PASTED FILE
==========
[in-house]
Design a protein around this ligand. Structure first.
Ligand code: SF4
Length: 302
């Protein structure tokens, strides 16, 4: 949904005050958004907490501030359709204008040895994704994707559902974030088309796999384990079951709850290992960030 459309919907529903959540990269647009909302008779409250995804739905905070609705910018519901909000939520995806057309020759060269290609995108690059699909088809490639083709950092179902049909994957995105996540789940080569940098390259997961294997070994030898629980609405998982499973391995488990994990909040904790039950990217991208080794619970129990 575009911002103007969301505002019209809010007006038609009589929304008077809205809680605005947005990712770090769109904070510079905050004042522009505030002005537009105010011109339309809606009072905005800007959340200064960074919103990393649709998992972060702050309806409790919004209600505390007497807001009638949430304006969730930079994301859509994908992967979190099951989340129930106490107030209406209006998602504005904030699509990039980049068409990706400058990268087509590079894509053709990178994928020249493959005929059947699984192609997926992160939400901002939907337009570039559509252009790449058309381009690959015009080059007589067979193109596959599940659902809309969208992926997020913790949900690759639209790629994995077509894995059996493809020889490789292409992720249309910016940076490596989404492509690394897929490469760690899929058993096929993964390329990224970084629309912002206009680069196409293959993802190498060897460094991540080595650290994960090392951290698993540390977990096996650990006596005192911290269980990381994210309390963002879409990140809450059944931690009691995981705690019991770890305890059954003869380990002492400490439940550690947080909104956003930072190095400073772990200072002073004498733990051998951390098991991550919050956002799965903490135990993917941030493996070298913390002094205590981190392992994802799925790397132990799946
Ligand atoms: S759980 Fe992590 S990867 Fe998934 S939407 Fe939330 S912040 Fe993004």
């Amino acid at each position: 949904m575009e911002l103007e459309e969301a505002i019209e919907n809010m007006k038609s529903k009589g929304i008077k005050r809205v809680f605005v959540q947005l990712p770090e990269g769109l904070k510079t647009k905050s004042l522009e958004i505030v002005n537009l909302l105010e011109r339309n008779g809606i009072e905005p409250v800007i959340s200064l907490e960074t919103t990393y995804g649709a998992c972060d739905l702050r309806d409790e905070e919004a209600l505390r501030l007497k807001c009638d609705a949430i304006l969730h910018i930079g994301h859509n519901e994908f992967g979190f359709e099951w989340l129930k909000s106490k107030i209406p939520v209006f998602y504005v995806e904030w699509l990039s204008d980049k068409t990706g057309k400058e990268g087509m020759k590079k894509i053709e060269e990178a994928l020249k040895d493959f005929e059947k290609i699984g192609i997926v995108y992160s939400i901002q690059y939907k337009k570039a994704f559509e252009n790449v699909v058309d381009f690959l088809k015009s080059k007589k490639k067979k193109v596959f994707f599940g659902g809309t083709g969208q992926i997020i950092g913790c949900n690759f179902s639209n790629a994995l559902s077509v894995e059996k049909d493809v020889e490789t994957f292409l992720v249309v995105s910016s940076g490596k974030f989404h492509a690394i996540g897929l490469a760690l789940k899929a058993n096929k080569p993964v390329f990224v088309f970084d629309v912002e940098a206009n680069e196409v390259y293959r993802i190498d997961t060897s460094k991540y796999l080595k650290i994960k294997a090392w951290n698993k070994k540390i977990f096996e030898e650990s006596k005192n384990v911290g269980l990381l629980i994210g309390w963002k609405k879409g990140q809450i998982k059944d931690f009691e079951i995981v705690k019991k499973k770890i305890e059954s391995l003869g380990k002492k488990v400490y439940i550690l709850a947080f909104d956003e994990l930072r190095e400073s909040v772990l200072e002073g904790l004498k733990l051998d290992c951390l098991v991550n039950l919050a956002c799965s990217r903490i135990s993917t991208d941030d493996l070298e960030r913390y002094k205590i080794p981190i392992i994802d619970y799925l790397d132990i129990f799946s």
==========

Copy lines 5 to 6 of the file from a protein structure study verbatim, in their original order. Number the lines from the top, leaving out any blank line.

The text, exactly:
């Protein structure tokens, strides 16, 4: 949904005050958004907490501030359709204008040895994704994707559902974030088309796999384990079951709850290992960030 459309919907529903959540990269647009909302008779409250995804739905905070609705910018519901909000939520995806057309020759060269290609995108690059699909088809490639083709950092179902049909994957995105996540789940080569940098390259997961294997070994030898629980609405998982499973391995488990994990909040904790039950990217991208080794619970129990 575009911002103007969301505002019209809010007006038609009589929304008077809205809680605005947005990712770090769109904070510079905050004042522009505030002005537009105010011109339309809606009072905005800007959340200064960074919103990393649709998992972060702050309806409790919004209600505390007497807001009638949430304006969730930079994301859509994908992967979190099951989340129930106490107030209406209006998602504005904030699509990039980049068409990706400058990268087509590079894509053709990178994928020249493959005929059947699984192609997926992160939400901002939907337009570039559509252009790449058309381009690959015009080059007589067979193109596959599940659902809309969208992926997020913790949900690759639209790629994995077509894995059996493809020889490789292409992720249309910016940076490596989404492509690394897929490469760690899929058993096929993964390329990224970084629309912002206009680069196409293959993802190498060897460094991540080595650290994960090392951290698993540390977990096996650990006596005192911290269980990381994210309390963002879409990140809450059944931690009691995981705690019991770890305890059954003869380990002492400490439940550690947080909104956003930072190095400073772990200072002073004498733990051998951390098991991550919050956002799965903490135990993917941030493996070298913390002094205590981190392992994802799925790397132990799946
Ligand atoms: S759980 Fe992590 S990867 Fe998934 S939407 Fe939330 S912040 Fe993004």